San Antonio City Council on Sept. 8 approved an ordinance that shifts from demolition of the oldest local homes and toward deconstruction of such housing in a way that reduces environmental concerns and promotes repurposing of building materials.

Shanon Shea Miller, director of the city’s office of historic preservation, said beginning on Oct. 1, the city will require selective disassembly of residential structures and related features to maximize recovery and reuse of materials.

The new policy, Miller added, would also lower the amount of hazardous particles entering the surrounding neighborhood, as well as landfill waste and greenhouse gas emissions.

According to city officials, it was in 2017 when then-Council Member Roberto Trevino submitted a council consideration request to explore a deconstruction policy that would urge greater focus on “unbuilding” older homes rather than entirely demolishing them, a city staff memo said.

Since 2018, the office of historic preservation has worked with the city’s Deconstruction Advisory Committee, neighborhood groups, developers, architects, construction contractors,and other stakeholders, Miller said.

The office of historic preservation will implement the ordinance in three phases, initially starting in October with a focus on 3% of all housing demolition permits.

That focus will expand in January 2023 to single-family and multifamily housing built no later than Dec. 31, 1945. A third and final phase of ordinance implementation, beginning Jan. 1, 2025, will affect housing built no later than Dec. 31, 1960.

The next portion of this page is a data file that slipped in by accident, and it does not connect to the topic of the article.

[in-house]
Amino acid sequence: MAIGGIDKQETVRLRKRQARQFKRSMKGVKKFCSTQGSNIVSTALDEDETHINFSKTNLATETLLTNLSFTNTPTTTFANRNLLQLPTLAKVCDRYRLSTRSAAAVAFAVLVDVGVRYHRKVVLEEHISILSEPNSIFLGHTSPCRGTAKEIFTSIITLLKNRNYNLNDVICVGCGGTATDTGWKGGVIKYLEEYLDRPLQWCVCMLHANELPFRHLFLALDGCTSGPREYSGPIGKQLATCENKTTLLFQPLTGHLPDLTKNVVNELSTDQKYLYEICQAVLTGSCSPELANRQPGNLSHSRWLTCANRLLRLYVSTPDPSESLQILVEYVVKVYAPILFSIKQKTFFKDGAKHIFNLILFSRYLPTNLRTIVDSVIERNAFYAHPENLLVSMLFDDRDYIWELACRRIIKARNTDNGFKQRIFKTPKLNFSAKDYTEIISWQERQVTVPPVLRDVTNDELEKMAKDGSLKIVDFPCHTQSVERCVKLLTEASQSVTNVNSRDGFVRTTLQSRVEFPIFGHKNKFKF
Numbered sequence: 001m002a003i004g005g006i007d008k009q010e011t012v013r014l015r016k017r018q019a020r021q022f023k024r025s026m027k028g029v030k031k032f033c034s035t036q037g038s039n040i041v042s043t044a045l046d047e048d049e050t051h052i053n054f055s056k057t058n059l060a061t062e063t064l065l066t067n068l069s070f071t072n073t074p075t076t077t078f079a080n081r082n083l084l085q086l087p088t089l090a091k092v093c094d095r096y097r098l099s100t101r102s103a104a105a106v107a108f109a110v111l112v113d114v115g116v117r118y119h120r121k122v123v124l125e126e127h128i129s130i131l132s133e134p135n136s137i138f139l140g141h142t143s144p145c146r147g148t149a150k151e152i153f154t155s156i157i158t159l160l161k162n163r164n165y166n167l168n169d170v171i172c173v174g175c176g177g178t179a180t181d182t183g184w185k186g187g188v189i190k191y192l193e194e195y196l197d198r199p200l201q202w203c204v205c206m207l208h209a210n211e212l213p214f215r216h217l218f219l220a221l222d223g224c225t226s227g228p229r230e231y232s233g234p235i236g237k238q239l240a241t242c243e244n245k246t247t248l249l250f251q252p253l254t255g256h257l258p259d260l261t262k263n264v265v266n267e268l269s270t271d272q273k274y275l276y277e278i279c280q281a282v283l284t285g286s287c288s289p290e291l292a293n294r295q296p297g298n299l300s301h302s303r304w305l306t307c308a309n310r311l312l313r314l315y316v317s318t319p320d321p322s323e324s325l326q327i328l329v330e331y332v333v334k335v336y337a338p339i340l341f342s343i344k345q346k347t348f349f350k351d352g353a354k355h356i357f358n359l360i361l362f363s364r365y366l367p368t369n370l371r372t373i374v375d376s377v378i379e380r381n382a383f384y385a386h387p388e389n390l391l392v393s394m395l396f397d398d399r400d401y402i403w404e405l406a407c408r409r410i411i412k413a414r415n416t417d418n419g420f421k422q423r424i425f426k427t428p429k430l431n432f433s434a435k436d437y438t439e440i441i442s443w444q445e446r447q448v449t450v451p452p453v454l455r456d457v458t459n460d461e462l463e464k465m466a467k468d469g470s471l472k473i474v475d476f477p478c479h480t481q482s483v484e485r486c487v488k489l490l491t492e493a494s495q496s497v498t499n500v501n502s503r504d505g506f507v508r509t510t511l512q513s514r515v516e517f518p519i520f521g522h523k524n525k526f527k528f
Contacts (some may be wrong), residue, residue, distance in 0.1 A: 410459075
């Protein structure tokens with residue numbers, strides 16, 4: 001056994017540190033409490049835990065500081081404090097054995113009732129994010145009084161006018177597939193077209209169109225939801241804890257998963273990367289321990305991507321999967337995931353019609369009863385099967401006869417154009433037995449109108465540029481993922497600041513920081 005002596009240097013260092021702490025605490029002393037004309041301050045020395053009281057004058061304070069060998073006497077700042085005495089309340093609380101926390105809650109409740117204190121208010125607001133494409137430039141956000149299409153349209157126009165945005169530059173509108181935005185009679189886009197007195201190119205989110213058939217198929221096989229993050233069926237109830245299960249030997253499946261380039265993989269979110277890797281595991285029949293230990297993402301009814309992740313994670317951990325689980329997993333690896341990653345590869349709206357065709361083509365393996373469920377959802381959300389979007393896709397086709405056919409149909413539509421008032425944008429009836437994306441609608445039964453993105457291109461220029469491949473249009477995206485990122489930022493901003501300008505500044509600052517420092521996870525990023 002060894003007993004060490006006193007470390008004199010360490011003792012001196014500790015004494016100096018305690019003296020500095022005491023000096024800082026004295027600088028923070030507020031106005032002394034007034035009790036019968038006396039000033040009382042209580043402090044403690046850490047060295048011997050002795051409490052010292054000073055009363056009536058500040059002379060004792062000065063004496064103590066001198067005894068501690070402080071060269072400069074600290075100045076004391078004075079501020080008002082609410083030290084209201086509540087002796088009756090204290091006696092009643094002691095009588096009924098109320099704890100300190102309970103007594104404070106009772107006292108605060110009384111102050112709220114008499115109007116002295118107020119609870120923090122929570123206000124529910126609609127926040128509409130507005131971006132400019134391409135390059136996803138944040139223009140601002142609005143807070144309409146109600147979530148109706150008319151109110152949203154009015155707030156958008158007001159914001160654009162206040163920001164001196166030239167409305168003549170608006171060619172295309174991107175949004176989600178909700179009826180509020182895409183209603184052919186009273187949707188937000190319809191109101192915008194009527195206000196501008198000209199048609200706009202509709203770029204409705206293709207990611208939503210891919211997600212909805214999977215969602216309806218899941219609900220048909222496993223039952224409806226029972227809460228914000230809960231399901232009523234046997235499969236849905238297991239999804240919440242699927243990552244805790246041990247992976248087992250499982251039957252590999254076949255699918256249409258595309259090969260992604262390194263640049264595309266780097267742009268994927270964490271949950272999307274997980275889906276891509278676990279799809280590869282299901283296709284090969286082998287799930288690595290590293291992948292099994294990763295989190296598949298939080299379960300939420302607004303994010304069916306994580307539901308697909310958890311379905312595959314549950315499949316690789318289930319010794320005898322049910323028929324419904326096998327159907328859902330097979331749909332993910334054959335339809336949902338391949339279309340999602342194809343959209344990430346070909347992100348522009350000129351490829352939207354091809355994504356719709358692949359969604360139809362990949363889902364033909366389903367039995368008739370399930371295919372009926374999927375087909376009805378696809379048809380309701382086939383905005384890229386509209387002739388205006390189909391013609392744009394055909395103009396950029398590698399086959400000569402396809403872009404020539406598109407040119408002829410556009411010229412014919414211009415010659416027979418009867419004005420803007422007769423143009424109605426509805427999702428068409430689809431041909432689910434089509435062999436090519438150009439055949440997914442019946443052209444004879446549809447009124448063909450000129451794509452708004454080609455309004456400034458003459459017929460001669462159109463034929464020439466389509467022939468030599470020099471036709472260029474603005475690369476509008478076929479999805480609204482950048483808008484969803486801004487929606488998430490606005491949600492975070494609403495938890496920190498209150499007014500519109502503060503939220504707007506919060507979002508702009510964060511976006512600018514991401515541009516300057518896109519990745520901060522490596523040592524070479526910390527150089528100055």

The new deconstruction ordinance also affects residential housing located in a historic zoning overlay area or within a Neighborhood Conservation District, local officials said.

According to city permit data, more than 500 buildings are demolished in San Antonio every year—a 68% increase since 2012. Data shows that most demolitions in recent years have been concentrated in urban core neighborhoods, such as Tobin Hill, Mahncke Park, Lone Star, Dignowity Hill, the Spanish colonial missions corridor and Knob Hill.

Miller said salvaging building materials from housing demolition sites can yield many socioeconomic, health and community benefits. Several council members, such as District 7 representative Ana Sandoval, agreed. Sandoval said outright deconstruction helps to avoid putting asbestos and harmful particulate matter into the air.

“When structures are demolished instead of deconstructed, dangerous, small particulate matter becomes airborne, endangering the health of on-site workers and that of neighboring residents. This initiative is as much about protecting workers and residents’ health as it is preserving our historic structures,” she said.

District 5 representative Teri Castillo said the new deconstruction ordinance will bolster affordable housing repair and production, increase access to affordable housing materials, develop a local circular economy, and grow San Antonio’s local salvage and upcycling industries.

City officials said, in the past 10 years, more than $16 million worth of salvageable building materials ended up in a landfill.

“Deconstruction is a handy tool that will tackle the multiple crises San Antonio finds in relation to public health, affordable housing and climate change.” Castillo said.

District 10 Council Member Clayton Perry, who cast the lone “no” vote against the ordinance, said the local real estate community may view the new requirements as a mandate and feel they must pass down additional development costs to customers, such as homebuyers.

Perry also said the city should let the private sector take on more leadership in forming and implementing the new deconstruction ordinance.

“Every time we turn around, here we go again, raising the costs of housing,” Perry said.

District 9 Council Member John Courage said there are examples of a government beginning a program, seeing it become successful and then incentivizing the private sector to take a more active role to ensure it is self-sustaining.

“Maybe that’s what we will see with this undertaking,” Courage said.